Money4. Know your numbers. Hosting a race is an expensive process; however, preparing a budget in the same manner you prepare for your practice’s fiscal year will enhance your profitability. Diligent tracking of your expenses—including permits, liability insurance, a race management system (i.e., starting line, chip timing, etc.), T-shirts, race day supplies and events, prizes, advertising posters/signs, and a DJ—will help determine the number of racers you require to break even. Along with the registration fees, sponsors can help to defray the cost of these items. Perform some market research on the going rate for races in your area and price your race accordingly. We chose a lower registration fee to encourage racers by charging $26 for early registration (prior to October 31) and $31 for registration thereafter. Offering a discount for early registration attracts racers early, improving your accuracy as you purchase items like T-shirts and awards. While your first year may not yield a robust revenue, as the popularity of the race grows, so will the profit margin. Your company can decide to donate some or all of the profit, or reinvest all proceeds back into the business by hosting a for-profit race.

Heart and Hand5. Pick a beneficiary that your community will be happy to support. Having a beneficiary is not mandatory but helps to attract racers who prefer to participate in events that give back to their community. Our company chooses to contribute 20 percent of the race profit to a local homeless shelter. Consult with your accountant to determine the tax rules for donating to a beneficiary and how that will affect attracting sponsors. Celebrate your beneficiary on race day by presenting them with a giant check before the race begins—a perfect opportunity for a press release!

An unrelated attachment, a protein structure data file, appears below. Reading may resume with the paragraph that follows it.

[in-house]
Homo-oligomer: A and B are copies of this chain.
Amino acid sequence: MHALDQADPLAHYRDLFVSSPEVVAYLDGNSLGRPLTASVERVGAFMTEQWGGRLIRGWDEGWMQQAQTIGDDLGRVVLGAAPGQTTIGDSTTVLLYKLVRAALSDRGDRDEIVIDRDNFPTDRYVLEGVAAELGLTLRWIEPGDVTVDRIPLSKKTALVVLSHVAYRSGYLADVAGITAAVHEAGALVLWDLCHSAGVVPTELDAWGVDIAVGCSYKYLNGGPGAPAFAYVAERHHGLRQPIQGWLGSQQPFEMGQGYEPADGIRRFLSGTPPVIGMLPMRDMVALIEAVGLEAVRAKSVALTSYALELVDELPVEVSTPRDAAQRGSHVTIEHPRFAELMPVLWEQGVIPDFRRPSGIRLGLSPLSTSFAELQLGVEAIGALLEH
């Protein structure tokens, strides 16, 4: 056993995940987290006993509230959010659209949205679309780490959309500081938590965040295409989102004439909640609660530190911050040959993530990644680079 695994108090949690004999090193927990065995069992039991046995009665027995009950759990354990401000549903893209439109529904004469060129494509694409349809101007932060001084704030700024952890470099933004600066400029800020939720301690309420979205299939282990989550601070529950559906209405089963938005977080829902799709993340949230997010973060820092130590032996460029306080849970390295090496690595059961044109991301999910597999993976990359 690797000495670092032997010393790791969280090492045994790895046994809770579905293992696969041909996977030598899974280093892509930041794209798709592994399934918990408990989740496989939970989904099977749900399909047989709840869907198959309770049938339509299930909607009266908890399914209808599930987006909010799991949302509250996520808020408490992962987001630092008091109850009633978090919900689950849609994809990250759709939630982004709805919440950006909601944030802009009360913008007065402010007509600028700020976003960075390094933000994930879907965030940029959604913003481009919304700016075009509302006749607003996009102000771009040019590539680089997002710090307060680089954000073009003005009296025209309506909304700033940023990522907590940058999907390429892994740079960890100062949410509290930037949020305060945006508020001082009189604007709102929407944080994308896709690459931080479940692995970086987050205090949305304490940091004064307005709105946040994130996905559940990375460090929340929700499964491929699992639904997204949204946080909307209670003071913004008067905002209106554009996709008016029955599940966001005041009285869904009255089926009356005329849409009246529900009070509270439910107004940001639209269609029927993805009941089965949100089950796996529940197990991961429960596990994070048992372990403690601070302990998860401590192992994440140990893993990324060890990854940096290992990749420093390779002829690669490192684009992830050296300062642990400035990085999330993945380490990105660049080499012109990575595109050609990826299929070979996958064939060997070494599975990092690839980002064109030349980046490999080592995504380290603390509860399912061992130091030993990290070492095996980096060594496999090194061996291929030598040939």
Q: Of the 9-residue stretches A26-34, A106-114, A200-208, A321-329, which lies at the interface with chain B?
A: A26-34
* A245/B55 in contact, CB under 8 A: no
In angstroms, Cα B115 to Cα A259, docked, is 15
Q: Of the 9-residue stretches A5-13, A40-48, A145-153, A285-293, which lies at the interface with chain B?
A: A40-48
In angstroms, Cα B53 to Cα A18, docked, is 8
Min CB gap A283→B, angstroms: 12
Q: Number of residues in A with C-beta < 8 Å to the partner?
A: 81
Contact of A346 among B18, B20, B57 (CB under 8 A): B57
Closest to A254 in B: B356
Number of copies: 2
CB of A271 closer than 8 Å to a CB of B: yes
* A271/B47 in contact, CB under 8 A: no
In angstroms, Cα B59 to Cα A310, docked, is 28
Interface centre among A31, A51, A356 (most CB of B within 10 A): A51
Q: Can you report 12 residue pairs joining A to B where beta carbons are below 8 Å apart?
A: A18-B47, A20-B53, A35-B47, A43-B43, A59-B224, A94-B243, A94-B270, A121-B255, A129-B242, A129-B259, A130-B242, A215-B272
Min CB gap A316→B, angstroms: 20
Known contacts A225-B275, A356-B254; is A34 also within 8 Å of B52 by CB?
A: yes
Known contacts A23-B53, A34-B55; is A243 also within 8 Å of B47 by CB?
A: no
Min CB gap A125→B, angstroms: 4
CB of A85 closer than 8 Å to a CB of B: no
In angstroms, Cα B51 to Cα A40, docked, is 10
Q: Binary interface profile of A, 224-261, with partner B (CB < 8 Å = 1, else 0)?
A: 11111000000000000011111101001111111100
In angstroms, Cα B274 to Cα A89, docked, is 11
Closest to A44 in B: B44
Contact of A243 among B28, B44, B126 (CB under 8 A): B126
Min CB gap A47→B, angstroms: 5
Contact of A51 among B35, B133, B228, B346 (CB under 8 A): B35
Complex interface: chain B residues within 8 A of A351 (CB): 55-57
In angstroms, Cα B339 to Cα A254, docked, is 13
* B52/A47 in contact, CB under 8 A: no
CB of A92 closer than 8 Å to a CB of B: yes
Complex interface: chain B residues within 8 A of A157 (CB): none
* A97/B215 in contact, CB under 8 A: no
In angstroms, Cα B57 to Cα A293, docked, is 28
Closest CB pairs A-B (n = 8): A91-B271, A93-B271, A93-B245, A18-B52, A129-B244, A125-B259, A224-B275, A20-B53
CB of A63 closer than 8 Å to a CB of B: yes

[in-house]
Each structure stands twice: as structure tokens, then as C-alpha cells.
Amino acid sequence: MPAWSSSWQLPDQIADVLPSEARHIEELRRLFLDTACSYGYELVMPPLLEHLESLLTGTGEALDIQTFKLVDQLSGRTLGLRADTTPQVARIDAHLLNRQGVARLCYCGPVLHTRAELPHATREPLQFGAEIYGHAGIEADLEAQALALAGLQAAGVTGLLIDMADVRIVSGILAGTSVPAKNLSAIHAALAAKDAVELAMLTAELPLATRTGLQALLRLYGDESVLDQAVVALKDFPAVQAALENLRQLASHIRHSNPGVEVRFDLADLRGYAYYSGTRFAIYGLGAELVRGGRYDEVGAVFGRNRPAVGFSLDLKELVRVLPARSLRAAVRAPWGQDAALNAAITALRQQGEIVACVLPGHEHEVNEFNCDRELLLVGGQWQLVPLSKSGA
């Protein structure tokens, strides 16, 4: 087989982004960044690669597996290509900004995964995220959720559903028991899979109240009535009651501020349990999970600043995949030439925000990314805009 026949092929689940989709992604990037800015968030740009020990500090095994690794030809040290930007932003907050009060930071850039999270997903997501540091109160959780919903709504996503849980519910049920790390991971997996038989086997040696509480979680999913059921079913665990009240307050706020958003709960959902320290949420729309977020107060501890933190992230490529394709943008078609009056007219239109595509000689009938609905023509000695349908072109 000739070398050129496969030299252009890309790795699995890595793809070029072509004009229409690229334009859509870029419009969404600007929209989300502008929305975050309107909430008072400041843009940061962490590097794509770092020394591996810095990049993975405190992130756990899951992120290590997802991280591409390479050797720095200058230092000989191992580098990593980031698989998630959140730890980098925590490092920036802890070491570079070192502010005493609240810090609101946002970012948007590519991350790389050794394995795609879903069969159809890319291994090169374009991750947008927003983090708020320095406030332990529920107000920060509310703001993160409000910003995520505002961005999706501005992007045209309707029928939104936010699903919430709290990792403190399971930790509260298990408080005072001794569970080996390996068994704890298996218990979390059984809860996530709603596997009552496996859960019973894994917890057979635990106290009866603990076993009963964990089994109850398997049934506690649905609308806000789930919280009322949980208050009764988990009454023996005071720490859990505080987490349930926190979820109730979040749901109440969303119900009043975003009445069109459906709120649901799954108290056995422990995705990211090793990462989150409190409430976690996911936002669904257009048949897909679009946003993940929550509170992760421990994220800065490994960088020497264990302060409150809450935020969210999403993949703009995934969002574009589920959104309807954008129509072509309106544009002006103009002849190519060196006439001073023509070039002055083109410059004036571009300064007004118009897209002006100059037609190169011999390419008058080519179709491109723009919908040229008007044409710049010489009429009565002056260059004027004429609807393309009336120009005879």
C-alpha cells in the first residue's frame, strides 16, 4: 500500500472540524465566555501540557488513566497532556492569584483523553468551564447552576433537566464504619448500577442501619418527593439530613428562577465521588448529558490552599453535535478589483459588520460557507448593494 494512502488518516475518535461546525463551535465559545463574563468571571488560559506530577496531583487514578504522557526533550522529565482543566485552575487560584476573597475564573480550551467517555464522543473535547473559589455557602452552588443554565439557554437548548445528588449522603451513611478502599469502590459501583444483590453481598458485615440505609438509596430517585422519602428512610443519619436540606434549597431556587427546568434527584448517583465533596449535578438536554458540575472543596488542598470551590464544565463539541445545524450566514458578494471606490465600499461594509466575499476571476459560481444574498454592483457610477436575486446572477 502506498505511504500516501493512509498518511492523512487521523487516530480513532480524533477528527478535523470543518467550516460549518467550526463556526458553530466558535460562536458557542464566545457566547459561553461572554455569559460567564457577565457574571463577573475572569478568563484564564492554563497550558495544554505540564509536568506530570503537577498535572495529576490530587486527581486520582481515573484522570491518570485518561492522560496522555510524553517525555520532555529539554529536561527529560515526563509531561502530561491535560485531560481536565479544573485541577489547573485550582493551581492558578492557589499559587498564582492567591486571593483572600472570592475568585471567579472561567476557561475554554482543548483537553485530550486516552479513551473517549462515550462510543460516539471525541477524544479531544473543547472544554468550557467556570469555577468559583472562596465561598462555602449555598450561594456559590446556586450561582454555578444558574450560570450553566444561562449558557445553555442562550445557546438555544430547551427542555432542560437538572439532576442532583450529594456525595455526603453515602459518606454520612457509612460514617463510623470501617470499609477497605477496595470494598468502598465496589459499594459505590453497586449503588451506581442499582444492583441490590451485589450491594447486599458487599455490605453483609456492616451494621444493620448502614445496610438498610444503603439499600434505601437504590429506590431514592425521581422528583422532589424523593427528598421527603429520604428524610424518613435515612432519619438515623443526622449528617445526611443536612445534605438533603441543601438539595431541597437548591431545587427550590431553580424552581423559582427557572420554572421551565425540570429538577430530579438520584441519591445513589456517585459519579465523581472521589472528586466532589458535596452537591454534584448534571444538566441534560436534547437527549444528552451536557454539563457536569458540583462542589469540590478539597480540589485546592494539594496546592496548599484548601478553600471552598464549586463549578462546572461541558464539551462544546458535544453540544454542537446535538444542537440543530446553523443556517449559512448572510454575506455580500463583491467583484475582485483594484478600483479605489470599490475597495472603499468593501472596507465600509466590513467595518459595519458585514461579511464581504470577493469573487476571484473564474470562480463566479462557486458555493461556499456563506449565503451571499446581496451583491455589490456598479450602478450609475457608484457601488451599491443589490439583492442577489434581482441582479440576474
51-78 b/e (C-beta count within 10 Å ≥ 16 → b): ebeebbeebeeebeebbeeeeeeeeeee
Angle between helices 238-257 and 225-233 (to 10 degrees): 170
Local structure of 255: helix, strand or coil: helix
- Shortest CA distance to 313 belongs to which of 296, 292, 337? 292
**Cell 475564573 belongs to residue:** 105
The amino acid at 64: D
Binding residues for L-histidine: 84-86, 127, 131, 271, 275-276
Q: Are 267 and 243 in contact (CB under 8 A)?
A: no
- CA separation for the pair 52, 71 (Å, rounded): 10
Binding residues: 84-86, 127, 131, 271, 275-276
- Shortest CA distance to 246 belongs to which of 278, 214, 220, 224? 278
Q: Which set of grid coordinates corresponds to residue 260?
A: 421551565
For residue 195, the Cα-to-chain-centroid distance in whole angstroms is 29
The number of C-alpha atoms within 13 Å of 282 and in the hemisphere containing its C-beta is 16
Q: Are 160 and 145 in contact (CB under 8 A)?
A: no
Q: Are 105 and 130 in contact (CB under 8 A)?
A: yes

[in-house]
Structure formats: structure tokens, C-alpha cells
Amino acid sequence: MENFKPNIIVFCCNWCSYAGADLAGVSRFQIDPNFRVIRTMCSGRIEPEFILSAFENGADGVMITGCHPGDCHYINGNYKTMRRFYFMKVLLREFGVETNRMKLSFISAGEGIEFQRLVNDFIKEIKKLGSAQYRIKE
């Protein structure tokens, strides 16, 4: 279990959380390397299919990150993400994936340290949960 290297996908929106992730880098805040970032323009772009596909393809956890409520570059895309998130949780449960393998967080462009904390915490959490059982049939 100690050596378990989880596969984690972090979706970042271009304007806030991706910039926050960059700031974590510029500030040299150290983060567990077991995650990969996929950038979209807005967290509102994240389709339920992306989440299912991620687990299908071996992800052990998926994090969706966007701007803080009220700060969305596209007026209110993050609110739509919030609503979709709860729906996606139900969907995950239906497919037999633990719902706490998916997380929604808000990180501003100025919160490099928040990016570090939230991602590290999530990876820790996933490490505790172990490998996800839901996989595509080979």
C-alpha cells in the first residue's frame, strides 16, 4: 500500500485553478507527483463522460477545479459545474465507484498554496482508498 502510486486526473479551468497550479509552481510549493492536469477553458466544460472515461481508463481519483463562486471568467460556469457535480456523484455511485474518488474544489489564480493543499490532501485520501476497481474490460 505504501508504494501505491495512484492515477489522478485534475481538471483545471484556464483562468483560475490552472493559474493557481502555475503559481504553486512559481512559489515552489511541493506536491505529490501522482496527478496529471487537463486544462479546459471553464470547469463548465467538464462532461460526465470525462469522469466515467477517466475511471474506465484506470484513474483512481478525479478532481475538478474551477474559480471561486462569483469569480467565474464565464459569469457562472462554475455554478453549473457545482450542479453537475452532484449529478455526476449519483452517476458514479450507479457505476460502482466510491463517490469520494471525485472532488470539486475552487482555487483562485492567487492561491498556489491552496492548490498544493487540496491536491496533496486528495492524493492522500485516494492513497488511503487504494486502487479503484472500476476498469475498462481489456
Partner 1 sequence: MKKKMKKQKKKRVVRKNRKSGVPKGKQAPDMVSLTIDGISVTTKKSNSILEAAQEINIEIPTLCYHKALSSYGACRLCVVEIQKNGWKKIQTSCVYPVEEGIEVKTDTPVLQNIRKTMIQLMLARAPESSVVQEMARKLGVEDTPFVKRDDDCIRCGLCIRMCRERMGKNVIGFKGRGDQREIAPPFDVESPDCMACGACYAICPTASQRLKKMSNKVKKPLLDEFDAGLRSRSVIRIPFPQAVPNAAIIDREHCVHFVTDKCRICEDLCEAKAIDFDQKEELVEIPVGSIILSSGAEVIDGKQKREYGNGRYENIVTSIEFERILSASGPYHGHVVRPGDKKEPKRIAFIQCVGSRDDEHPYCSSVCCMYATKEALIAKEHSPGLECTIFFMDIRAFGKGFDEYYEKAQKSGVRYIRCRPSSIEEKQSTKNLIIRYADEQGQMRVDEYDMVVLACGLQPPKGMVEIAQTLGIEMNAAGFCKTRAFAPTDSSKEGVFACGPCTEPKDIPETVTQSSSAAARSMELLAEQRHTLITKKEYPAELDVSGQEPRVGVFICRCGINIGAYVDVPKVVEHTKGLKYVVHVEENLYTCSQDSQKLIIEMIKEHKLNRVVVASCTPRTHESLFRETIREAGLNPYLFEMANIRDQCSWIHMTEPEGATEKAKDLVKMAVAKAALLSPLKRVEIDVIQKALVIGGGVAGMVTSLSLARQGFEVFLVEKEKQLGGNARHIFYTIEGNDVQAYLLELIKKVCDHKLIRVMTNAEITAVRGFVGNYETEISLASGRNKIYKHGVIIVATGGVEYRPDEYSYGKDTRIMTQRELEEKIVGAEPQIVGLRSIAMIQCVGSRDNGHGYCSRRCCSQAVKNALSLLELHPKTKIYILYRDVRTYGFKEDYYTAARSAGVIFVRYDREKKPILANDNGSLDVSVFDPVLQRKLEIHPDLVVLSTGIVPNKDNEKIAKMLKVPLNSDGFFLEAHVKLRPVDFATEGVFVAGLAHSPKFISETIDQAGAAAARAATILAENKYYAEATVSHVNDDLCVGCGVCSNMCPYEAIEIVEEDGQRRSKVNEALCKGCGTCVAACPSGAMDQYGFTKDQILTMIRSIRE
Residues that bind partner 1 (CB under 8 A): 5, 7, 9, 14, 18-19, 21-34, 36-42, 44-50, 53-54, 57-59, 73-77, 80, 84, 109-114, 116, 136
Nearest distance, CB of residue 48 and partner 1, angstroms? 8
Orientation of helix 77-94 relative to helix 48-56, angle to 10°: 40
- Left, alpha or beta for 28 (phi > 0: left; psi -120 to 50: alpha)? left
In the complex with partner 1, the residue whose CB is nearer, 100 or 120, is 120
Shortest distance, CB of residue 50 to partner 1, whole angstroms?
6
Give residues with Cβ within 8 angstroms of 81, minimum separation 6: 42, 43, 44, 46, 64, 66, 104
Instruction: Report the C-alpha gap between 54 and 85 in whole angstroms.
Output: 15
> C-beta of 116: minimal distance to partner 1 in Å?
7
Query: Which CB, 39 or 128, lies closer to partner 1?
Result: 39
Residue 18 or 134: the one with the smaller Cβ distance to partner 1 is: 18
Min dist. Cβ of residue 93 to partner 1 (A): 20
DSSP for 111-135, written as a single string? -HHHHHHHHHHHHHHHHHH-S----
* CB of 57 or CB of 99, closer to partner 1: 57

Road6. Certify your racecourse with USA Track and Field. While the 5K remains the most popular race distance, a growing number of racers are seeking alternative distances to vary their race experience.2 Whether 5K or a marathon, a certified racecourse will attract more serious runners. This process is easy and inexpensive. Once a course is certified, racing on that course can be used to qualify for other races. Consult www.usatf.org4 under the Products/Services tab for more information.

Family7. Consider the whole family when planning your event. Hosting a kids’ fun run before the start of your main event is a great way to involve other members of the family. In addition, features like face painting, a photo booth, team contests, and a DJ offer an opportunity for those who may not be physically inclined to participate. Our biggest race success is a 6-foot-tall “Step and Repeat” banner that serves as our photo booth. By attaching a hashtag to the race, our racers were able to post photos from the photo booth to all social media platforms with our logo in the background.